Groups like PATH are also trying to find better solutions to treatment of precancerous lesions and invasive cervical cancer. For example, cryotherapy, an effective treatment to remove pre-cancerous cells, requires a refrigerant gas that can be complicated to procure and which is often too expensive for many women.
Meanwhile, there are known risk factors that contribute to the persistence of HPV and development of cervical cancer. These include sexual intercourse at young age, multiple sexual partners, tobacco use and suppressed immune systems. In addition to education, screening and access to vaccines, reducing HPV infection and cervical cancer in developing countries ultimately requires the removal of barriers that prevent women and girls from accessing healthcare.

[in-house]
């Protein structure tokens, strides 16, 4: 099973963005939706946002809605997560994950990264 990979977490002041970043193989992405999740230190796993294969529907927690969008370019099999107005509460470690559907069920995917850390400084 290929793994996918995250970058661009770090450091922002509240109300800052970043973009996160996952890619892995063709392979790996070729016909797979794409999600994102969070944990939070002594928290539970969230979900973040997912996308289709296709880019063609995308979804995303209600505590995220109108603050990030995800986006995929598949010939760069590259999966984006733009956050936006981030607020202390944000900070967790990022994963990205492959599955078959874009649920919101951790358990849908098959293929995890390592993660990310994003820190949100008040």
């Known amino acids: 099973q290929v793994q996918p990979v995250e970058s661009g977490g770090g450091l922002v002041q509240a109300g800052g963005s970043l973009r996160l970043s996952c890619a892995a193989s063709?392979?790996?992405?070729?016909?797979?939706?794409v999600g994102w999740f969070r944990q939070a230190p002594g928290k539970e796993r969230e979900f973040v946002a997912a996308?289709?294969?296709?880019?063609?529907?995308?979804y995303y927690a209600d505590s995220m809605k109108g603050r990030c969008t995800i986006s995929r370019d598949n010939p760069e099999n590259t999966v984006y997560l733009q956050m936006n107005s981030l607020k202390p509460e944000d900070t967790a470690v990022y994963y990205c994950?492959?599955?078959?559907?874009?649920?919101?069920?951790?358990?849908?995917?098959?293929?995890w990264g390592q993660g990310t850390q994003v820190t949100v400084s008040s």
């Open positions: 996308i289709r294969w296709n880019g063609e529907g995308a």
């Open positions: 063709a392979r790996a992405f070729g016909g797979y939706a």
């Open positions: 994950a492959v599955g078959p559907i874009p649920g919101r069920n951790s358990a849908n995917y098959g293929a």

Asked about the biggest challenge faced in tackling cervical cancer, Dr Jeronimo says: “Political will is needed, the decision for investment and support, not only by the countries but also the organizations dealing with health there – the donors, the international agencies, NGOs. They have to understand that there are opportunities now. That’s also an important role for the media to get that message out there.”